Large batholiths are composite features, made up of dozens, or even hundreds, of smaller bodies (plutons), each of which represents a separate intrusion of magma from deeper in Earth’s crust. There is abundant field evidence that earlier plutons in batholiths substantially or completely crystallized before subsequent plutons were intruded. If each individual pluton takes thousands of years to crystallize, and a large batholith is made up of many plutons, there is no credible way to squeeze the formation of a batholith into the few weeks required by the YEC timeframe without invoking a miracle, which YEC flood geologists are hesitant to do.
Extrusive (Volcanic) Igneous Rocks
Extrusive igneous rocks are formed when lava is extruded onto Earth’s surface by volcanic processes. When most people think of volcanoes, they picture stratovolcanoes such as Mt Fuji in Japan, Mt Vesuvius in Italy, or the Cascade Range volcanoes such as Mt Rainier in the United States. There are larger volcanoes (shield volcanoes) on Earth, such as Mauna Loa on Hawaii, and there are smaller volcanoes, such as the single-eruption cinder cones of Parícutin in Mexico or Sunset Crater in Arizona. Most large volcanoes on Earth are formed from dozens, or even hundreds, of individual eruptions. Furthermore, there is evidence for the passage of time between eruptions, with evidence for erosion, sedimentation, and soil formation between volcanic events. Earth’s crust contains records of numerous past volcanoes similar to today’s volcanoes. In the YEC scenario, many of these now-eroded volcanoes would have had to completely form and then completely erode within a few days or weeks during Noah’s flood. These volcanoes, like modern volcanoes, show evidence of a complex history, and the YEC flood scenario does not allow time for complex history.
An example of this ancient volcanism is the eroded cores of volcanoes in the Absaroka Volcanic Supergroup in northern Yellowstone National Park. The Absaroka volcanic rocks are completely unrelated to the more recent rocks of the Yellowstone Caldera. These stratovolcanoes are completely eroded down, but we can see everything from the now-solid magma chambers beneath the volcanoes, to dikes radiating out from volcanic centers, to the distal volcanic mudflow (lahar) beds dipping away from the volcanoes. These volcanic mudflow rocks now contain vast quantities of petrified wood. Trying to squeeze the formation then erosion of entire stratovolcanoes in the timespan of a few weeks during a global flood is not credible geologically, and not necessary biblically, which is silent on the topic ancient volcanoes.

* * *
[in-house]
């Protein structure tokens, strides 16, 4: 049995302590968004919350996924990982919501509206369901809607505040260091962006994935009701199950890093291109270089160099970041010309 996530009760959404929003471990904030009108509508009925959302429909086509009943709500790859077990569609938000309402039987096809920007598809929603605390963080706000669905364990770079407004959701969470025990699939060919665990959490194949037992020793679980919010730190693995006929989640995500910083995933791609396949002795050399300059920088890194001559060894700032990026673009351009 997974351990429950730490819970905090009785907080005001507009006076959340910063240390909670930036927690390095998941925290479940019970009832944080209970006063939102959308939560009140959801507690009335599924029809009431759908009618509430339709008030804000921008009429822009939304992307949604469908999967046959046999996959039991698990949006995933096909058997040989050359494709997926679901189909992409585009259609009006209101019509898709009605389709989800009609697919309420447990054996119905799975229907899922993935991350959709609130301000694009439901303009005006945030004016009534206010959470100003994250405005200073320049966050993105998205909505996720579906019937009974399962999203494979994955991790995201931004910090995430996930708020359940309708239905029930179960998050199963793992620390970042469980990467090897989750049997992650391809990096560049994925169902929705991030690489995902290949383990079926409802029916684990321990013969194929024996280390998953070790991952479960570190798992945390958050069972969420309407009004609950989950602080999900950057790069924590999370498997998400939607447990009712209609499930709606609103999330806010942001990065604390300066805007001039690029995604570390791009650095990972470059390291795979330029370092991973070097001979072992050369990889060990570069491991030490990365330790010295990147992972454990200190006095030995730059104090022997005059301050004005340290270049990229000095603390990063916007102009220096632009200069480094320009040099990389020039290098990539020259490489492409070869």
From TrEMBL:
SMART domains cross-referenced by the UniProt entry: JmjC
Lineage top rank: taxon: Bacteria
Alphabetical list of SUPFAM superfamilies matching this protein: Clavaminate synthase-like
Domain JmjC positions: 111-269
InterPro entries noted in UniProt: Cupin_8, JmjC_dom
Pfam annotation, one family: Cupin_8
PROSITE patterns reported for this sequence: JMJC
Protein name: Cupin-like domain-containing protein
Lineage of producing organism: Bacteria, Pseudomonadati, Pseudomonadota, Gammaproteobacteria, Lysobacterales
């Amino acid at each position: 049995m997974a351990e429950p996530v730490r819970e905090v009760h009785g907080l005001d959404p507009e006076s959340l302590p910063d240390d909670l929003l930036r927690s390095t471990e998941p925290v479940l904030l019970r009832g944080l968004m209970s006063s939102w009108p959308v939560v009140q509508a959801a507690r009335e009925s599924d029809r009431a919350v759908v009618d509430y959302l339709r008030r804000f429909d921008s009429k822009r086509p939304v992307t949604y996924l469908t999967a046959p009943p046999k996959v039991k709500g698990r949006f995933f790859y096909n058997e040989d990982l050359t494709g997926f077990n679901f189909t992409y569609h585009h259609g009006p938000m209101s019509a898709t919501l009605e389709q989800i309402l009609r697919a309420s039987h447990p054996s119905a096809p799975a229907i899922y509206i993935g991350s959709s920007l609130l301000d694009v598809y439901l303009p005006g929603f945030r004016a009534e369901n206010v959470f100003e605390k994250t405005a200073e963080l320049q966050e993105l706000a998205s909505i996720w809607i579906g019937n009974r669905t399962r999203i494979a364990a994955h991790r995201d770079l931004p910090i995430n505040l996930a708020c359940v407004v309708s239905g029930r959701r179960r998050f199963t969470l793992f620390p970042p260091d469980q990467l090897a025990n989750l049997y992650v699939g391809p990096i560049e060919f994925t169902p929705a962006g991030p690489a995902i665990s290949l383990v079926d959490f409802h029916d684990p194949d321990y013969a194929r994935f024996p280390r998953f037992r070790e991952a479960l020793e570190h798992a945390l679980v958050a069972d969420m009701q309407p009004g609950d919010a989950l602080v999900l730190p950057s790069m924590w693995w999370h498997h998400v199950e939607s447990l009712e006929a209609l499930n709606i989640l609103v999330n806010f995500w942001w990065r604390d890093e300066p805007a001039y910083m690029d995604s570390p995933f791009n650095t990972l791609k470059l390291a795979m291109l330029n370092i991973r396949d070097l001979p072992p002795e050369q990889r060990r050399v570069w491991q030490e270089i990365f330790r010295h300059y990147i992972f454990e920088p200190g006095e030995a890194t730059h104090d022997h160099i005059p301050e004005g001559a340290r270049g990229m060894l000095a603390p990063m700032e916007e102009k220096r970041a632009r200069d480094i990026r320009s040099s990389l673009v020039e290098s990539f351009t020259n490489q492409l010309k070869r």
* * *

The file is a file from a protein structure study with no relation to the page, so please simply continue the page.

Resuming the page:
Even more difficult, for our present purposes, are large igneous provinces (LIPs), which dwarf any volcanoes we see erupting on Earth today. An example of a LIP is the Columbia River Basalts (CRB) of the Pacific Northwest in the United States. The CRB consists of about 300 individual lava flows. Typical flows had volumes of a few hundred cubic kilometers, but the largest flows had volumes greater than 2000 cubic kilometers. The basaltic lava in the CRB was very fluid and spread out in extensive sheets covering thousands of square kilometers rather than piling up to form a cone like a stratovolcano. The result is a series of roughly-horizontal layers of basalt, stacked up to depths up to 1800 m (almost 6000 feet) in the central part of the CRBs. There are numerous lines of evidence that older flows completely crystallized before subsequent flows, and that time passed between eruptions. The dikes that fed later flows cut through the layers of earlier flows, indicating that the earlier flows were completely solidified by then. In addition, there are soil layers (paleosols) and fossil-bearing sediments between lava flows. The CRB could not have formed in just a few weeks while submerged beneath a global flood, nor could it have formed in just a few short years after the flood, as some YECs propose. The CRB is smaller than many other LIPs, such as the end-of-Permian Siberian Traps in Russia, or the end-of-Cretaceous Deccan Traps in India.